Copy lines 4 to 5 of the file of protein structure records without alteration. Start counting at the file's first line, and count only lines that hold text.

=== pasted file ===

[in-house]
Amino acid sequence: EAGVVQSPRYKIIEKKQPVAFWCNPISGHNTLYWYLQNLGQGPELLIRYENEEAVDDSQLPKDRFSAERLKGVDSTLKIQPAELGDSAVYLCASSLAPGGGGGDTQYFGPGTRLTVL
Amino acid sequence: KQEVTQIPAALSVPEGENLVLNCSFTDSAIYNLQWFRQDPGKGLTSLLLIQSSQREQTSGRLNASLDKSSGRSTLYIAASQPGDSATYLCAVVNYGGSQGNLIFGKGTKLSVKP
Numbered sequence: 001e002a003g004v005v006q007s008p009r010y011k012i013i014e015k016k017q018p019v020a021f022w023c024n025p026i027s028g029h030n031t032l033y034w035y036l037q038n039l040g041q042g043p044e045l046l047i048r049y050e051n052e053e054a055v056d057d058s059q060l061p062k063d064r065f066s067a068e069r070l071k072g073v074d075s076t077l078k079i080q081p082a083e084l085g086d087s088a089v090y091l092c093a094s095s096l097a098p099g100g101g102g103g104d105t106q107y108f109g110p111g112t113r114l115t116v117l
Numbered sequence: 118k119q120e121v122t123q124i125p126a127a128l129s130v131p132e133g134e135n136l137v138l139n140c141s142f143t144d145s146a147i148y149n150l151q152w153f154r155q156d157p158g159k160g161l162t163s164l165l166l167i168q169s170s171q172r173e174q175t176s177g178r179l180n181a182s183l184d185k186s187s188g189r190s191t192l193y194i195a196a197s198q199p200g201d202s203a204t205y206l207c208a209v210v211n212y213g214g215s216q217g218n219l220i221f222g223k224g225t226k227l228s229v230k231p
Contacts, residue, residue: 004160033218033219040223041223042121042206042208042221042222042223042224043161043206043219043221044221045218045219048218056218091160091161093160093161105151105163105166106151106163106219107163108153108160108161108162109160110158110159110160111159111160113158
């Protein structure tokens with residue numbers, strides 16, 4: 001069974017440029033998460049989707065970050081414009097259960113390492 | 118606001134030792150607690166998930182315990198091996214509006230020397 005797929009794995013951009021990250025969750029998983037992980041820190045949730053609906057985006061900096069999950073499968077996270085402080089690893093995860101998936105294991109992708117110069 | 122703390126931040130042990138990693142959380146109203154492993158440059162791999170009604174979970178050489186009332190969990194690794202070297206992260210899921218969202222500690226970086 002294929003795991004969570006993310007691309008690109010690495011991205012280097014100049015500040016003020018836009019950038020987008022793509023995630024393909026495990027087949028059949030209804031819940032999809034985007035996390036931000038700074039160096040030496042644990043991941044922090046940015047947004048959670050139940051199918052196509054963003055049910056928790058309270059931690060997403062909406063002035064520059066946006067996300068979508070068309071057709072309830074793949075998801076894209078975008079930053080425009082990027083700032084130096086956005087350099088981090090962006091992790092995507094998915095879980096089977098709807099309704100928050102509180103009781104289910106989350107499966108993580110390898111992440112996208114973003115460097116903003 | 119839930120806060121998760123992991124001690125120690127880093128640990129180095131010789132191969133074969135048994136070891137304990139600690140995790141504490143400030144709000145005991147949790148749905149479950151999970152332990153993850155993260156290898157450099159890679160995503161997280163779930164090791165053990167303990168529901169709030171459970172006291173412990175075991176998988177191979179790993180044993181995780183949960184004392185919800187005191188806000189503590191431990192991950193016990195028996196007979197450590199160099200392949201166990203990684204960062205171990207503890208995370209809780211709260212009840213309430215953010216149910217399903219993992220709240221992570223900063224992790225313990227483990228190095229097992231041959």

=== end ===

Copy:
Numbered sequence: 001e002a003g004v005v006q007s008p009r010y011k012i013i014e015k016k017q018p019v020a021f022w023c024n025p026i027s028g029h030n031t032l033y034w035y036l037q038n039l040g041q042g043p044e045l046l047i048r049y050e051n052e053e054a055v056d057d058s059q060l061p062k063d064r065f066s067a068e069r070l071k072g073v074d075s076t077l078k079i080q081p082a083e084l085g086d087s088a089v090y091l092c093a094s095s096l097a098p099g100g101g102g103g104d105t106q107y108f109g110p111g112t113r114l115t116v117l
Numbered sequence: 118k119q120e121v122t123q124i125p126a127a128l129s130v131p132e133g134e135n136l137v138l139n140c141s142f143t144d145s146a147i148y149n150l151q152w153f154r155q156d157p158g159k160g161l162t163s164l165l166l167i168q169s170s171q172r173e174q175t176s177g178r179l180n181a182s183l184d185k186s187s188g189r190s191t192l193y194i195a196a197s198q199p200g201d202s203a204t205y206l207c208a209v210v211n212y213g214g215s216q217g218n219l220i221f222g223k224g225t226k227l228s229v230k231p